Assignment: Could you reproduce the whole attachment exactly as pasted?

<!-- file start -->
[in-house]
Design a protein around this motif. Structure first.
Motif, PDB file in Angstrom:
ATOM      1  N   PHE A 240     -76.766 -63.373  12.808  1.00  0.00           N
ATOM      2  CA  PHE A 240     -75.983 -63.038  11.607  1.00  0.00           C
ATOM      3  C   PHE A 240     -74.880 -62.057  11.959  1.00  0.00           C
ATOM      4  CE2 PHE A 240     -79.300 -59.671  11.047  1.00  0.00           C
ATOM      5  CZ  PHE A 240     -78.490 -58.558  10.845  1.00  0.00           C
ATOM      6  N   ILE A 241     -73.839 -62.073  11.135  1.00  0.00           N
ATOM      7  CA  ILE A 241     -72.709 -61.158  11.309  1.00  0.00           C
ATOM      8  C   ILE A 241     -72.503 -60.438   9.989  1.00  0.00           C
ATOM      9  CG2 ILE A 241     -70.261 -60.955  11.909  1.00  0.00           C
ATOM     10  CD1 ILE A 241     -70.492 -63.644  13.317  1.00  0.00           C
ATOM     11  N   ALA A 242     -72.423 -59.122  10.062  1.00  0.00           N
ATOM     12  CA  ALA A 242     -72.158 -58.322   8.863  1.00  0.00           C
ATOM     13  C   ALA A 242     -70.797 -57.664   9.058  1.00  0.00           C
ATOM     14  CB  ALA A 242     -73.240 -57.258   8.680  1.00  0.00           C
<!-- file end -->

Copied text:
[in-house]
Design a protein around this motif. Structure first.
Motif, PDB file in Angstrom:
ATOM      1  N   PHE A 240     -76.766 -63.373  12.808  1.00  0.00           N
ATOM      2  CA  PHE A 240     -75.983 -63.038  11.607  1.00  0.00           C
ATOM      3  C   PHE A 240     -74.880 -62.057  11.959  1.00  0.00           C
ATOM      4  CE2 PHE A 240     -79.300 -59.671  11.047  1.00  0.00           C
ATOM      5  CZ  PHE A 240     -78.490 -58.558  10.845  1.00  0.00           C
ATOM      6  N   ILE A 241     -73.839 -62.073  11.135  1.00  0.00           N
ATOM      7  CA  ILE A 241     -72.709 -61.158  11.309  1.00  0.00           C
ATOM      8  C   ILE A 241     -72.503 -60.438   9.989  1.00  0.00           C
ATOM      9  CG2 ILE A 241     -70.261 -60.955  11.909  1.00  0.00           C
ATOM     10  CD1 ILE A 241     -70.492 -63.644  13.317  1.00  0.00           C
ATOM     11  N   ALA A 242     -72.423 -59.122  10.062  1.00  0.00           N
ATOM     12  CA  ALA A 242     -72.158 -58.322   8.863  1.00  0.00           C
ATOM     13  C   ALA A 242     -70.797 -57.664   9.058  1.00  0.00           C
ATOM     14  CB  ALA A 242     -73.240 -57.258   8.680  1.00  0.00           C